10 Best Ways to Find Distressed Properties for Free
Your best bet for locating distressed properties as a real estate investor is to locate the “Don’t Wanters.” Here are the 10 best ways that I use to locate these owners:
Owners in Delinquent Status
When I refer to properties in delinquent status, it is not just referring to mortgages, but also taxes. Owners of this type of distressed property are often highly-motivated.
- Mortgage/Pre-Foreclosures: The most motivated owners are the ones with a definite foreclosure date. Real estate investors can locate these properties in the Legal Paper for your County (Google: Legal Paper + County Name).
- Taxes: Locate owners who are just weeks away from the tax auction date. Real estate investors can get the list of tax delinquent properties from the Tax Assessor’s Office or the Collector of Revenue Office of your County.
- Divorce Proceedings and Bankruptcies: Owners who are going through a divorce proceeding or bankruptcy are also most likely interested in selling their property. These public notices are also published in the local county legal paper.
Abandoned or Vacant
As you “farm” an area or “drive for dollars,” you will find a lot of vacant homes. These distressed properties might follow in one of these categories: probate, out of town/absentee owners, or REO Bank or Government owned.
- Probate: When a homeowner dies, the property goes into probate and the probate trustee/attorney is responsible for assigning the property to the right heirs or the State. You can locate probate properties in the Legal Paper for your County.
- Out of Town Owners: These are owners who have relocated, and keep the property as an investment, rental, or the property is left vacant. They are often just waiting for the market conditions to change or simply they have not gotten around to selling the property yet. There are several sources of getting lists of these owners: title companies have this information and also crisscross directories like Haines.com.
- REO or Bank Owned: These are distressed properties that have already been foreclosed and now the bank owns them. Most of these properties sit vacant. The banks usually list these properties on the MLS (Multiple Listing Service), unless they sit in “shadow inventory” waiting to be listed. A lot of these distressed properties have some type of paperwork displayed on the front door or window with the phone number and name of the asset manager or agent.
- HUD or Government Properties: A HUD home is a one to four unit residential property acquired by HUD as a result of a foreclosure action on an FHA-insured mortgage. You can find these homes on the HUD website. Fannie Mae also has a site for their foreclosures at HomePath.com and Freddie Mac at HomeSteps.com.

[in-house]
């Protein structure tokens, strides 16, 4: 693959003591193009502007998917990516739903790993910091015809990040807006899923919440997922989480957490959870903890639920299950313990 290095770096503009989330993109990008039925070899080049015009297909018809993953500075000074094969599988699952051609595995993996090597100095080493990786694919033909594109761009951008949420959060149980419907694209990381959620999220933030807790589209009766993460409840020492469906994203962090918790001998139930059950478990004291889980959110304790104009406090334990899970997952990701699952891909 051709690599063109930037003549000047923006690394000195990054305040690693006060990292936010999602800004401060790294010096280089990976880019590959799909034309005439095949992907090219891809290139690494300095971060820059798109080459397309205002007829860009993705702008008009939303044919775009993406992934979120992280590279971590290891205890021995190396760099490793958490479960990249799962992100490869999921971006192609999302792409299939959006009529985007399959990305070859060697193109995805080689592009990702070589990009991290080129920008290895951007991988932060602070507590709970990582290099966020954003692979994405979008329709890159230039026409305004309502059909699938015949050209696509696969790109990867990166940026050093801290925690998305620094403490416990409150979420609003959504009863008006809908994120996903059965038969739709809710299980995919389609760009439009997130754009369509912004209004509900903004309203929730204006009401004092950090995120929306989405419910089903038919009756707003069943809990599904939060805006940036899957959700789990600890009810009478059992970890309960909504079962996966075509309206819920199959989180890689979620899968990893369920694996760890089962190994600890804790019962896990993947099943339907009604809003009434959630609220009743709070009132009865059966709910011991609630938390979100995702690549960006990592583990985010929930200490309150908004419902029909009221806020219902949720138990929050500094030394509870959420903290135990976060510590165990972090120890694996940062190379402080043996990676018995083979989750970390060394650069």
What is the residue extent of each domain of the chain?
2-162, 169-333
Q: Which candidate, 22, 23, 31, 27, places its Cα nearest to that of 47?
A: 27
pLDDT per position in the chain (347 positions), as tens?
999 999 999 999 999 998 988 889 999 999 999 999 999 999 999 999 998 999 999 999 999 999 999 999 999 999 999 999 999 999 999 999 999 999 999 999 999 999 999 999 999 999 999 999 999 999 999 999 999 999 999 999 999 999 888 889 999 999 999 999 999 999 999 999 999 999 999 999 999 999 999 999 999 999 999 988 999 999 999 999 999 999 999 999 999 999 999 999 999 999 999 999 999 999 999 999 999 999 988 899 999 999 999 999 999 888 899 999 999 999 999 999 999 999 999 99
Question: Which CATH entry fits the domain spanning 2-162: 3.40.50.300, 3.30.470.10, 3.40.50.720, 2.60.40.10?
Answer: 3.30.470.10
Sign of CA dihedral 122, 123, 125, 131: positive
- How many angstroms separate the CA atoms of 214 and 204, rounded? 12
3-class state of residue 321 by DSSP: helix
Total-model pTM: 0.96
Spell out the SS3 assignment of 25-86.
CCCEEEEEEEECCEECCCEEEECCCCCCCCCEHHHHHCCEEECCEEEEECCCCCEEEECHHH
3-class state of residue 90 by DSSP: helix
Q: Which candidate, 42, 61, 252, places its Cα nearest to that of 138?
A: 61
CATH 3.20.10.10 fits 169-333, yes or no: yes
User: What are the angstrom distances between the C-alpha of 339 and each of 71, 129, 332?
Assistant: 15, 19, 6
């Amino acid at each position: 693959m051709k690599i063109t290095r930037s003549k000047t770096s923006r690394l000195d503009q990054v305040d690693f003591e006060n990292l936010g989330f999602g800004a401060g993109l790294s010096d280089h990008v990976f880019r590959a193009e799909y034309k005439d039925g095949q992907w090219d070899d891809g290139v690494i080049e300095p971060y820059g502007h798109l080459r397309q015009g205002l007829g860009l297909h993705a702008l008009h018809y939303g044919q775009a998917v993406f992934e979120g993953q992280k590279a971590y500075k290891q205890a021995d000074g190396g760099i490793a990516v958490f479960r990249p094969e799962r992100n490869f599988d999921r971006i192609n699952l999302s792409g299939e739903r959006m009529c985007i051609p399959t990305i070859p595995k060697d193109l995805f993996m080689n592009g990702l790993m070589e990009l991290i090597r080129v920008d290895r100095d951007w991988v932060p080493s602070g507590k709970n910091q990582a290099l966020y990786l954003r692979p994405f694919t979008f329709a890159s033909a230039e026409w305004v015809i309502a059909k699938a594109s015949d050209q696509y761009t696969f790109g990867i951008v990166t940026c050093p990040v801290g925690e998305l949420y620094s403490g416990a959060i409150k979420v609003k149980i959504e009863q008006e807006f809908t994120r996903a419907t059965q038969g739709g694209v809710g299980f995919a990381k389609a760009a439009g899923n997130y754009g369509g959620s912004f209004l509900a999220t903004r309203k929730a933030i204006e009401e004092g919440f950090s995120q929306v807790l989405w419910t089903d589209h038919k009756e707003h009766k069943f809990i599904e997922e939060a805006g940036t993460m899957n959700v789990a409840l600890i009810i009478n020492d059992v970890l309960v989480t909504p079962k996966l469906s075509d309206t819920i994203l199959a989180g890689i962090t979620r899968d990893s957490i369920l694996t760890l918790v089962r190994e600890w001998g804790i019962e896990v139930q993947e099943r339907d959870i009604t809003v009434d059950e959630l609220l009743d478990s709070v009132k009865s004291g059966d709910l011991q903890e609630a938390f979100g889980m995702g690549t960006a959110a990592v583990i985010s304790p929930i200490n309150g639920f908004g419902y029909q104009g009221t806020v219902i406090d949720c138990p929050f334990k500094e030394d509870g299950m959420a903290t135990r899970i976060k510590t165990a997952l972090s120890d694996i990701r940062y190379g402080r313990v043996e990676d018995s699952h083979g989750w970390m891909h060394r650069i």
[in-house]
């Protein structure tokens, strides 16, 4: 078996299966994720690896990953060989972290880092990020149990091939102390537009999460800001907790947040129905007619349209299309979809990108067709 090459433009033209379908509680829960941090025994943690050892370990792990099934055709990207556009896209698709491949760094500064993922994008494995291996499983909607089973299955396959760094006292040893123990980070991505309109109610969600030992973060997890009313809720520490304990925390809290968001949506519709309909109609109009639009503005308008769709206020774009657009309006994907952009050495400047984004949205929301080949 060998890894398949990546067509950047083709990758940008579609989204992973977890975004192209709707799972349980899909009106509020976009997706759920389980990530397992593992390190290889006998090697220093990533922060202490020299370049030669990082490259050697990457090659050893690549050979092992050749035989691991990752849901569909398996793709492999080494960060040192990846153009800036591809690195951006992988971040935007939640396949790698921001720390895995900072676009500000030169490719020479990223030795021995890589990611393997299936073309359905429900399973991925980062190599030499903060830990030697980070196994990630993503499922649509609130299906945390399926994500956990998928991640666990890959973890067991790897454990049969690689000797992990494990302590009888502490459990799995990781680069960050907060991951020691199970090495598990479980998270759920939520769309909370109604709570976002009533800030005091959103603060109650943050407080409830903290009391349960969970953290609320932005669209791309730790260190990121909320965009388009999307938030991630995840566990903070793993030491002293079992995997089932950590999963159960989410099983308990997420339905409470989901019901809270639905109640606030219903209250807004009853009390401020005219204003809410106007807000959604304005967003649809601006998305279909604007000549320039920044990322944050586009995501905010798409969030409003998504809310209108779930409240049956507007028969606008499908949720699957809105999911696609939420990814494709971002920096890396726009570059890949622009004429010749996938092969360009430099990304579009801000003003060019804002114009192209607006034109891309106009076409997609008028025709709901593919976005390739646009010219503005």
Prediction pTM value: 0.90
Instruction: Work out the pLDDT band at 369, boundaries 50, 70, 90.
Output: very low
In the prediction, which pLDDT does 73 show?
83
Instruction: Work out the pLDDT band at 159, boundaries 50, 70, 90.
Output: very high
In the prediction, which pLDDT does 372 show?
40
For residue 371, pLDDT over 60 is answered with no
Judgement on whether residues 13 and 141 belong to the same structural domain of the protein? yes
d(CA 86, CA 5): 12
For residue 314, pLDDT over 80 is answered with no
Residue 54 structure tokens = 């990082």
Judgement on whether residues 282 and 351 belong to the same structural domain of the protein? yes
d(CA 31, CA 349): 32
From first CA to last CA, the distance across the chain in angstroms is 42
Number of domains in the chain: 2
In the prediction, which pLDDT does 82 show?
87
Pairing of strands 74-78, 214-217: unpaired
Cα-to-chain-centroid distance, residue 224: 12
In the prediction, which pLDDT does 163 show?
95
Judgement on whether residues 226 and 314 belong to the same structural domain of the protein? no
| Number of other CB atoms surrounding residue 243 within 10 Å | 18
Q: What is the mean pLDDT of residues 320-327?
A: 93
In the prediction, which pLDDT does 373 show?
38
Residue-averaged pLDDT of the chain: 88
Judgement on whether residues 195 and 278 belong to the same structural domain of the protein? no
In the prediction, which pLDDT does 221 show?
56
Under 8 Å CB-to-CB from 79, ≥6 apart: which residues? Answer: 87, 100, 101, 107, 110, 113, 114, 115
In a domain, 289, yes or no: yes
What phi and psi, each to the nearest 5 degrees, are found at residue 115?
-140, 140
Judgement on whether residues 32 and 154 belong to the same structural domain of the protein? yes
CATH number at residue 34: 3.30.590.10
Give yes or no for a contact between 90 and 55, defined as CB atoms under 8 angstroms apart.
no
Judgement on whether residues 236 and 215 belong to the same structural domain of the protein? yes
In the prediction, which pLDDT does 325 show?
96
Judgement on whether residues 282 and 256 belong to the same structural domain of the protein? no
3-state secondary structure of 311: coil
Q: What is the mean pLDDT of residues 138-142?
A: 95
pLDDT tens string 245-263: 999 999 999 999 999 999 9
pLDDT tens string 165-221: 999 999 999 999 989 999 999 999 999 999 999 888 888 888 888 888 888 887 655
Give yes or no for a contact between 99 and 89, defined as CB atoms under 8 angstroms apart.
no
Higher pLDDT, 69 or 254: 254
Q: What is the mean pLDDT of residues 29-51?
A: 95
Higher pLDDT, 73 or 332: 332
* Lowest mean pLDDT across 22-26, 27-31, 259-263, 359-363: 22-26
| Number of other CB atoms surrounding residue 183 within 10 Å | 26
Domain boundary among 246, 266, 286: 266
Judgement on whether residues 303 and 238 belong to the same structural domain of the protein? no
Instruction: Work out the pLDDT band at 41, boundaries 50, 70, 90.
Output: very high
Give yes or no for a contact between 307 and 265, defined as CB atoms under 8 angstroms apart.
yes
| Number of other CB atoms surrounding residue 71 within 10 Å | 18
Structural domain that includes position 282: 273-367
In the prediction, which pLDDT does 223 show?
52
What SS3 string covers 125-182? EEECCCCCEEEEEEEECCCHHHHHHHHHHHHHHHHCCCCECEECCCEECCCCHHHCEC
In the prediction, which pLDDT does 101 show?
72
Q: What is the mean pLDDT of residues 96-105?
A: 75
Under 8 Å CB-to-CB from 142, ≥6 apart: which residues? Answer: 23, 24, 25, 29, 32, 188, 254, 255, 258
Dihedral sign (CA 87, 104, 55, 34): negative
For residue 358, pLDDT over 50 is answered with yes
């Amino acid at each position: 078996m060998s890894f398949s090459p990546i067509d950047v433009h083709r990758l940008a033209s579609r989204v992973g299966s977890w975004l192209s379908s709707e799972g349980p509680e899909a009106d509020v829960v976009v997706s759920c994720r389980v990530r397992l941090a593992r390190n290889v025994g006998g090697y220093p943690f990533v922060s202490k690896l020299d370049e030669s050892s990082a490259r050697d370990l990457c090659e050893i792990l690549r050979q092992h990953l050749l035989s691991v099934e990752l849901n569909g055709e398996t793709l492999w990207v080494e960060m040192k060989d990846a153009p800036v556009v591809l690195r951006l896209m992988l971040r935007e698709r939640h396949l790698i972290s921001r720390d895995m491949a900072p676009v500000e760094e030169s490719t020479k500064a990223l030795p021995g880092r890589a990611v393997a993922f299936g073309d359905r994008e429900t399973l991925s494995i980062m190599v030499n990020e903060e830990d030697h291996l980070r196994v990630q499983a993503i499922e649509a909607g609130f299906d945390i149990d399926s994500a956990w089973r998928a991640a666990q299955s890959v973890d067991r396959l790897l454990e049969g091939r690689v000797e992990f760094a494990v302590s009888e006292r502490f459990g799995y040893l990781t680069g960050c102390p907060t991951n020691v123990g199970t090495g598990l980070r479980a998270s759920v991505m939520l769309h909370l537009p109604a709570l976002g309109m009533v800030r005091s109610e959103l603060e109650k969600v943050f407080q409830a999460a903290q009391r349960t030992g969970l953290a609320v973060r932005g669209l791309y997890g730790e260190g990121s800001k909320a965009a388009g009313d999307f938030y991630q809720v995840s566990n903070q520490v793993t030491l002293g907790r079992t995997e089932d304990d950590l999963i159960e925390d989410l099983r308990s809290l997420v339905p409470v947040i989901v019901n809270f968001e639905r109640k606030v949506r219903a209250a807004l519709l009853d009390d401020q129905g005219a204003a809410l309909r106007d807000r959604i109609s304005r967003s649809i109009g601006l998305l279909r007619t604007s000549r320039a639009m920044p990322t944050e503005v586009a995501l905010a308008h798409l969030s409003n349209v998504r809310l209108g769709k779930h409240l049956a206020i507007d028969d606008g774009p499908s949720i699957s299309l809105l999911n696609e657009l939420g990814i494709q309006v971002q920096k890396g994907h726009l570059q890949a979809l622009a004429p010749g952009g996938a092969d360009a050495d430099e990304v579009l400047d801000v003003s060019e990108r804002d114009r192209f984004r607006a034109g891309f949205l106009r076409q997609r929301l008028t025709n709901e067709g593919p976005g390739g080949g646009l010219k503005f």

- Aging Population: With a high percentage of aging population (Baby Boomers are entering that phase in their life) and improving economic conditions, we are seeing elderly homeowners and landlords interested in relocating or selling their rental properties. For instance, just by doing a demographic search of people over 60 years of age who have owned properties in a certain area for at least 10 years, you are going to find out that this sample population might be more responsive to a direct marketing campaign. You can purchase lists based on demographics by any mailing list company or Haines.com.
- MLS Strategy: This is a simple strategy that I have employed for most of my real estate career. You are basically performing an MLS search in a specific area for distressed properties that have been on the market for at least 90 days and submit offers in bulk (much lower than the MLS listed price), put them under contract, and resell them or assign the contract at a price still below what is listed on the MLS. If you want to find out more about this strategy, including contracts, negotiation tips and more, I have a course called MLS Strategy that I offer as a real estate investing mentor.
- FSBO or For Sale by Owner: Some of the best deals I’ve found have come from walking up to a house that has a FSBO sign in the front yard. These are often motivated sellers that can be interested in avoiding foreclosure and saving their credit rating. They can often be very flexible in the kind of offer they are willing to entertain and also can be educated to other strategies like Lease Options and Subject To. If you are interested in learning more about Lease Options and Subject To, I also have a course on that strategy, which includes forms and how to structure a deal.
Checklist on How to Locate any Distressed Property Owner
- Recorder of Deeds Office
- Real Estate Tax Assessor’s Office
- If the owner is a business entity: Check the Secretary of State Business Registration division. They will have the business owner name, address, and phone number.
- If the owner is an individual: Check Whitepages.com or 411.com online directories.
- Criss-Cross Directories like Haines.com: You can also find Haines Directory at several larger libraries in their Resource Department.
- Court/Lawsuit Records: Most homeowners in distress have lawsuits or pending judgments (i.e. credit card companies, car loans). Creditors have probably the most up to date information on their debtors.
- Voter Records/Election Department.
- Tenants and Neighbors: Walk around and talk to the neighbors or tenants if the distressed property is occupied. Someone will know where the owner is or/and how to get hold of him/her.
- Skip Tracing Service: Credit companies, Accurint.com (probably one of the best resources, but expensive), TransUnion.com, spokeo.com, searchbug.com, intelius.com.